Yale was the first university in the country to establish a graphic design degree program, in 1950. And one of the department’s first professors was Herbert Matter, who arrived in 1952 and taught photography and design here.
Matter is the subject of a new documentary, “The Visual Language of Herbert Matter,” written and directed by Reto Caduff, which explores Matter’s life and work through commentary by artists Robert Frank and Massimo Vignelli, Yale School of Art graphic design lecturer Jessica Helfand ’82 ART ’89 and former photography professor John T. Hill ART ’60. Artists interviewed said the documentary, due for release in late spring, tells the story of a humble and talented designer whose meticulous work had an immediately modern and poignant resonance.
[ydn-legacy-photo-inline id=”7848″ ]
[ydn-legacy-photo-inline id=”7849″ ]
[ydn-legacy-photo-inline id=”7850″ ]
[ydn-legacy-photo-inline id=”7851″ ]
“He was a very important photographer and designer, and so he is difficult to categorize for many people,” said Hill, one of Matter’s first students. “The diversity of what he did and his ideas were very broad. He was very interested in science, and nature and philosophy, and it all figured into his work.”
Matter was born in Engelberg, Switzerland, in 1907 and studied at the Ecole des Beaux Arts in Geneva in his early twenties before moving to France to continue experimenting with graphic design and photography. In 1932 he was expelled from France for lack of proper paperwork and spent a few years in Switzerland before moving to the United States.
He worked in New York for a variety of clients, such as Condé Nast and design firm Knoll, and was hired to teach at Yale in 1952.
Matter distinguished himself from other modernist designers by his understanding of spatial relationships and his incorporation of photography into design, said Sheila L. de Bretteville ART ’64, director of graduate studies in graphic design and another former student of Matter.
“He had a filmic quality to his work,” she said. “Photography often is about looking at the proscenium stage of life, whereas with Matter, most of the things went diagonally into the deepest space, more like the films of that time.”
Though Matter died in 1984, his work is still relevant to audiences today, Helfand said in an e-mail.
“After the war … big companies wanted big, bold symbols to represent their corporate concerns,” she said. “And along came this tall, handsome Swiss man, with gentle manners and an impeccable eye, and he just produced this elegant, memorable work wherever he went. How can that not be relevant to today’s designers and their audiences? He was an inspiration. Still is.”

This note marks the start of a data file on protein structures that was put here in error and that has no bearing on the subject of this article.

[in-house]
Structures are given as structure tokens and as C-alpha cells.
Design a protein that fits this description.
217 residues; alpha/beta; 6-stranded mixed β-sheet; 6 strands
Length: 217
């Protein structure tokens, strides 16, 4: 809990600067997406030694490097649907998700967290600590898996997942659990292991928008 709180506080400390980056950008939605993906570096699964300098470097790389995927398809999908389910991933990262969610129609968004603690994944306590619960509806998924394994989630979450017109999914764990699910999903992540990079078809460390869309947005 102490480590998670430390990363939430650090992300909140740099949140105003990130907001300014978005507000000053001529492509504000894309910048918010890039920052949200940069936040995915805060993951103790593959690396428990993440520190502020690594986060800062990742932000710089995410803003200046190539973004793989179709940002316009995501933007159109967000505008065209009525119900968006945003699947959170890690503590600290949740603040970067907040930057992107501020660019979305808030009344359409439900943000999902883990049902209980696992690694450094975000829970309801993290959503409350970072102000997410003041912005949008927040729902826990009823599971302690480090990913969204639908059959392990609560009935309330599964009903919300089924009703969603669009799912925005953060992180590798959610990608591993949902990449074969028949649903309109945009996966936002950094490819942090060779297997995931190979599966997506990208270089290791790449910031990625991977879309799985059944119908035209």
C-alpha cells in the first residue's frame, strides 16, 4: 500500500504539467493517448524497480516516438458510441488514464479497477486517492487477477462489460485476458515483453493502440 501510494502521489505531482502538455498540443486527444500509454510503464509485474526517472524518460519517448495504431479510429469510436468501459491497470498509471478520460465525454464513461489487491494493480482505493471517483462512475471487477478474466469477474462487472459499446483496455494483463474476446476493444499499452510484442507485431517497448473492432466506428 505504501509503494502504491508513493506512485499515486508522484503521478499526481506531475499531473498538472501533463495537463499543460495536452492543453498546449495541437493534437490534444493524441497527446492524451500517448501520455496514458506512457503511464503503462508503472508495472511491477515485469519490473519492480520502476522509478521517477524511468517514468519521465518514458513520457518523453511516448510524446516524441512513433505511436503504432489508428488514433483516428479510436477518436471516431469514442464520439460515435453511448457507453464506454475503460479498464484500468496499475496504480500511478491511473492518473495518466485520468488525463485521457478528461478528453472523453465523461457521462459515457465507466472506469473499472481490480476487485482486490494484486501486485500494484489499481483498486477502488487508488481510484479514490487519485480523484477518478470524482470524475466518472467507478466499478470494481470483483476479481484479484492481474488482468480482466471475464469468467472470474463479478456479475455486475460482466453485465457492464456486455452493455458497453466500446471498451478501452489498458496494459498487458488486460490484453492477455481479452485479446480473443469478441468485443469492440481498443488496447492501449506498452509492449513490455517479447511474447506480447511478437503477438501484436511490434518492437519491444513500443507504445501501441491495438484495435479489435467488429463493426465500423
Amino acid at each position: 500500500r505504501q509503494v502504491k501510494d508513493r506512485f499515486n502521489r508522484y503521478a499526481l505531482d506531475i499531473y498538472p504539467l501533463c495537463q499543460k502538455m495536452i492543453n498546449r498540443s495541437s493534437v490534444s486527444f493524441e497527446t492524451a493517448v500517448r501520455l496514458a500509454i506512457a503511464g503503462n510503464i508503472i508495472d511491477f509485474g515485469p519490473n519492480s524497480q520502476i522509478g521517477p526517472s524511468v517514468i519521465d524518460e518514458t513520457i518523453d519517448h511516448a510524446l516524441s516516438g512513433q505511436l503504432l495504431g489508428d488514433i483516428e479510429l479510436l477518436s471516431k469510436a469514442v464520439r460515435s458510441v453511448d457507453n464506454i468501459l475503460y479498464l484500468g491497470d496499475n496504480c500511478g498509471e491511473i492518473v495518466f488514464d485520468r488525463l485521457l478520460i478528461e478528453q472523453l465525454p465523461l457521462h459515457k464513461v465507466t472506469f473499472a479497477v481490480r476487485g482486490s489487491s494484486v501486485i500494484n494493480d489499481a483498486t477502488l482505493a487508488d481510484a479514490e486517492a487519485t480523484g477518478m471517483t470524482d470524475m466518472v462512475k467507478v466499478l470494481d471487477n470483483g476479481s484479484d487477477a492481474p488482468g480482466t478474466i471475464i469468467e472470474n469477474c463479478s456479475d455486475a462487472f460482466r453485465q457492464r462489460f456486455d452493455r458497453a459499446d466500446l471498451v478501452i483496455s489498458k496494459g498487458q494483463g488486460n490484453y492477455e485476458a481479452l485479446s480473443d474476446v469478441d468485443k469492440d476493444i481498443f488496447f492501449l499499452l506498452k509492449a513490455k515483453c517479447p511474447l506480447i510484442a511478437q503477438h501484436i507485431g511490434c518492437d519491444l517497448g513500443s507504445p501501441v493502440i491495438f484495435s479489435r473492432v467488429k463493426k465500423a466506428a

Hill added that historians credit Matter’s experimental work with light as a major influence on Jackson Pollock, who worked for Matter in his early career and became a close friend of Matter and his wife, Mercedes.
De Bretteville added that Matter was unusually supportive as a teacher.
“He would always just say ‘Very nice,’ so you knew your work was of interest if he didn’t say that and stayed and got into a conversation with you about it [instead],” she said. “Giving green lights rather than red lights was a very effective way to talk to students about their work, and he was unique in that in his time.”
Helfand said Matter’s quiet energy made him unique.
“He was serious, quiet, a man of few words, very sweet and very thoughtful,” she said. “There was no ego: just his concentration, which was steadfast, and as I recall, an infectious energy. You just wanted to stay there and watch him and emulate him in every possible way.”
Today, Matter’s legacy is still present in the classroom and in New Haven.
Matter’s work is shown in “Introduction to Graphic Design” classes and many in New Haven know him because he is the designer of the New Haven Railroad logo, de Bretteville said. Matter’s 1954 logo, with its elongated serif “NH,” became one of the most identifiable symbols in America, according to the film’s Web site.
Matter is also well known for a film he made for the Museum of Modern Art in the late 1940s about the sculptures of his friend Alexander Calder.
Hill helped to publish a major project of Matter’s at the end of his life: a book on the sculptures of Alberto Giacometti, a close friend of Matter’s whose sculpture’s Matter often photographed.
Matter’s first major retrospective was held at the School of Art in 1978.